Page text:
Beware of “Vishing”: The Latest Trend in Cybercrime

Beware of “Vishing”: The Latest Trend in Cybercrime

| Sep 4, 2020 | Firm News |

As we previously blogged, the rise of telework during the COVID-19 era has coincided with a rise in cybercrimes such as “phishing” and “pharming.”  Small businesses that do not have large cybersecurity budgets have been especially vulnerable to these practices during the pandemic, because they rely on their employees to work from home using their own computers and wireless networks.  Employers and employees should now be on the lookout for the latest trend in cybercrime: “Vishing.”

The FBI defines vishing as “a form of criminal phone fraud, using social engineering over the telephone system to gain access to private personal and financial information for the purpose of financial reward.”  According to the FBI and U.S. Cybersecurity Infrastructure Security Agency, incidents of vishing scams have risen dramatically over the summer.  The goal of these scams is to gain access to a business’ virtual private network (VPN), which are used by companies to allow employees to securely access the employer’s network from a remote location.  Hackers do this by making phony calls to employees claiming to be from IT and telling the employee that the company has switched over to a new VPN.  In the process of “switching” their victims over to the non-existent new VPN, the hacker will ask for their credentials and gain access to the real VPN.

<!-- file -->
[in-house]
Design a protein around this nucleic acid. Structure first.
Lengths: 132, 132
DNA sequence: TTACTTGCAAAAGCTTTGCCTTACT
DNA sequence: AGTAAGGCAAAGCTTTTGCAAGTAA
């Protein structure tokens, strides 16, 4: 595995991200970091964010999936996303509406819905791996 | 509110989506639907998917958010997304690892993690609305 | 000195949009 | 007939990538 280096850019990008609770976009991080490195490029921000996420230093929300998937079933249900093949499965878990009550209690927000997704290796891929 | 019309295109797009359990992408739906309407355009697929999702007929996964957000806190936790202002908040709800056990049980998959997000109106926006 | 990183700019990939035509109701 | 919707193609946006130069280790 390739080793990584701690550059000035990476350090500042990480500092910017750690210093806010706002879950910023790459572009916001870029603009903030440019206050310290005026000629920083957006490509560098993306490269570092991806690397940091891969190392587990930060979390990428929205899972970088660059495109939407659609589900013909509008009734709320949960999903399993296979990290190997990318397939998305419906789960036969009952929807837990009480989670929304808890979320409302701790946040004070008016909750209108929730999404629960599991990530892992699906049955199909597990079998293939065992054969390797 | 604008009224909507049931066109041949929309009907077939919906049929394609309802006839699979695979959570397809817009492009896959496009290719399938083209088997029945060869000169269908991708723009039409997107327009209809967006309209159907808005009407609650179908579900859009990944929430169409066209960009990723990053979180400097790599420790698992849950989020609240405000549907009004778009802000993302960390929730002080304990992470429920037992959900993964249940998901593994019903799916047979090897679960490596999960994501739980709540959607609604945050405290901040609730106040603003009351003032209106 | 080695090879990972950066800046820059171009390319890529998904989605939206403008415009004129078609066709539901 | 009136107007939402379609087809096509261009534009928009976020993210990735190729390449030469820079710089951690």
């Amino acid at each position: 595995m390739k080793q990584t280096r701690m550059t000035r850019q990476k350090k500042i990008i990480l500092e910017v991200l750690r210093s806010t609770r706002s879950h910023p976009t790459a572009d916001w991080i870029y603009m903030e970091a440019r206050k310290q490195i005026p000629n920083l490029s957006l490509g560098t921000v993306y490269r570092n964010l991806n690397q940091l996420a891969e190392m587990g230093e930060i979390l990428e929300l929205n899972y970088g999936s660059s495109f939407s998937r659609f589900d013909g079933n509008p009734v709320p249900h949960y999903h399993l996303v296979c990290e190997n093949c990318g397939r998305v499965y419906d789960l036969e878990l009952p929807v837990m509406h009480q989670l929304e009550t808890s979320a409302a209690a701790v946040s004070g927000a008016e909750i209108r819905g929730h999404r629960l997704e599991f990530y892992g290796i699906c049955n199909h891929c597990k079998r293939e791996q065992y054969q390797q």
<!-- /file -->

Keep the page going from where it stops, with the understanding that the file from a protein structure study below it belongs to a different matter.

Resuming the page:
A related form of cybercrime called “smishing” involves a similar scam to gain access to VPN’s, but instead relies on text messages.

The FBI has issued an alert with the following tips to avoid vishing and smishing scams:

  • Make sure that links do not have misspellings before clicking them
  • Bookmark your VPN URL and never visit an alternative URL without confirming that your employer has in fact switched to a new VPN
  • Employers should educate their employees on the dangers of vishing and smishing, and instruct them never to give out information to strangers over the phone
  • Employees should be wary of unsolicited phone calls and text messages
  • Limit the amount of personal information you post on social media, as hackers can leverage this information against you

If you have any questions about cybersecurity, or any area of employment law, contact Thatcher Law Firm at 301-441-1400. www.ThatcherLaw.com. Email me at [email protected].

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